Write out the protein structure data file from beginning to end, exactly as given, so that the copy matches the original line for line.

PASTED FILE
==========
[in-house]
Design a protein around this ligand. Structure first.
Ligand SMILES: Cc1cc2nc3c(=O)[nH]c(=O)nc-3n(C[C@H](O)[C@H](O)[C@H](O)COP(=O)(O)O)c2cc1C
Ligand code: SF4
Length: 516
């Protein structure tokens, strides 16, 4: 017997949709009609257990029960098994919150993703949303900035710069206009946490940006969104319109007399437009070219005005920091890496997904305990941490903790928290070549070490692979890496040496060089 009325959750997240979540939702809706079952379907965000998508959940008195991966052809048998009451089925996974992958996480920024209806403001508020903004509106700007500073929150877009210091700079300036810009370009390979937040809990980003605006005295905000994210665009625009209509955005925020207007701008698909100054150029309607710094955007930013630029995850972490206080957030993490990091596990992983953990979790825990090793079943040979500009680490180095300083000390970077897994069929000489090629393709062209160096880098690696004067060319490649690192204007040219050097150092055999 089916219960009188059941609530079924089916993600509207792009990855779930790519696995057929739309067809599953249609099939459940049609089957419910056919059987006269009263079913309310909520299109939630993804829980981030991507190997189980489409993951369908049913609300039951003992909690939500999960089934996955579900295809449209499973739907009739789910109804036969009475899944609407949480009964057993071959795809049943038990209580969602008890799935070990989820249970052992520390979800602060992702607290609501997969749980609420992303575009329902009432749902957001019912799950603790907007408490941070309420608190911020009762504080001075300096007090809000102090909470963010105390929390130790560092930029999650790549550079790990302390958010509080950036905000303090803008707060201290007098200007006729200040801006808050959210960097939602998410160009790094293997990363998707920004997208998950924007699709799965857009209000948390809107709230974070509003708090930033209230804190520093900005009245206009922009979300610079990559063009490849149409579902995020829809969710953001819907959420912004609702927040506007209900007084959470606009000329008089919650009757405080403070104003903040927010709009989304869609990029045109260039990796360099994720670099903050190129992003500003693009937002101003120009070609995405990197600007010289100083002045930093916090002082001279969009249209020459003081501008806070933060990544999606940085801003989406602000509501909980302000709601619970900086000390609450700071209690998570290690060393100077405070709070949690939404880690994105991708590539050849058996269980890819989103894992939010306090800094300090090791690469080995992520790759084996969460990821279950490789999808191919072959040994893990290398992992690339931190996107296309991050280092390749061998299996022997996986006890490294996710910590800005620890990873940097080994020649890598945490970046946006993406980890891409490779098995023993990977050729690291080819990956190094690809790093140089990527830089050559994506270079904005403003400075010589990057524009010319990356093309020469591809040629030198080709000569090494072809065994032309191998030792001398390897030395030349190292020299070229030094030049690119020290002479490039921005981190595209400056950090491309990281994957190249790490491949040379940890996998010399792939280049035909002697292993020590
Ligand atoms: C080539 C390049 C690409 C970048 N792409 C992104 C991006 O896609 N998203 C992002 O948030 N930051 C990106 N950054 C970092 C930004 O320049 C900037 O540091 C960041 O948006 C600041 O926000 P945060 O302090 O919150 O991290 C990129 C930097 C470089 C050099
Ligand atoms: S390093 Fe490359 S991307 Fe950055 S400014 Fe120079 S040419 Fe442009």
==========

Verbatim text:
[in-house]
Design a protein around this ligand. Structure first.
Ligand SMILES: Cc1cc2nc3c(=O)[nH]c(=O)nc-3n(C[C@H](O)[C@H](O)[C@H](O)COP(=O)(O)O)c2cc1C
Ligand code: SF4
Length: 516
């Protein structure tokens, strides 16, 4: 017997949709009609257990029960098994919150993703949303900035710069206009946490940006969104319109007399437009070219005005920091890496997904305990941490903790928290070549070490692979890496040496060089 009325959750997240979540939702809706079952379907965000998508959940008195991966052809048998009451089925996974992958996480920024209806403001508020903004509106700007500073929150877009210091700079300036810009370009390979937040809990980003605006005295905000994210665009625009209509955005925020207007701008698909100054150029309607710094955007930013630029995850972490206080957030993490990091596990992983953990979790825990090793079943040979500009680490180095300083000390970077897994069929000489090629393709062209160096880098690696004067060319490649690192204007040219050097150092055999 089916219960009188059941609530079924089916993600509207792009990855779930790519696995057929739309067809599953249609099939459940049609089957419910056919059987006269009263079913309310909520299109939630993804829980981030991507190997189980489409993951369908049913609300039951003992909690939500999960089934996955579900295809449209499973739907009739789910109804036969009475899944609407949480009964057993071959795809049943038990209580969602008890799935070990989820249970052992520390979800602060992702607290609501997969749980609420992303575009329902009432749902957001019912799950603790907007408490941070309420608190911020009762504080001075300096007090809000102090909470963010105390929390130790560092930029999650790549550079790990302390958010509080950036905000303090803008707060201290007098200007006729200040801006808050959210960097939602998410160009790094293997990363998707920004997208998950924007699709799965857009209000948390809107709230974070509003708090930033209230804190520093900005009245206009922009979300610079990559063009490849149409579902995020829809969710953001819907959420912004609702927040506007209900007084959470606009000329008089919650009757405080403070104003903040927010709009989304869609990029045109260039990796360099994720670099903050190129992003500003693009937002101003120009070609995405990197600007010289100083002045930093916090002082001279969009249209020459003081501008806070933060990544999606940085801003989406602000509501909980302000709601619970900086000390609450700071209690998570290690060393100077405070709070949690939404880690994105991708590539050849058996269980890819989103894992939010306090800094300090090791690469080995992520790759084996969460990821279950490789999808191919072959040994893990290398992992690339931190996107296309991050280092390749061998299996022997996986006890490294996710910590800005620890990873940097080994020649890598945490970046946006993406980890891409490779098995023993990977050729690291080819990956190094690809790093140089990527830089050559994506270079904005403003400075010589990057524009010319990356093309020469591809040629030198080709000569090494072809065994032309191998030792001398390897030395030349190292020299070229030094030049690119020290002479490039921005981190595209400056950090491309990281994957190249790490491949040379940890996998010399792939280049035909002697292993020590
Ligand atoms: C080539 C390049 C690409 C970048 N792409 C992104 C991006 O896609 N998203 C992002 O948030 N930051 C990106 N950054 C970092 C930004 O320049 C900037 O540091 C960041 O948006 C600041 O926000 P945060 O302090 O919150 O991290 C990129 C930097 C470089 C050099
Ligand atoms: S390093 Fe490359 S991307 Fe950055 S400014 Fe120079 S040419 Fe442009």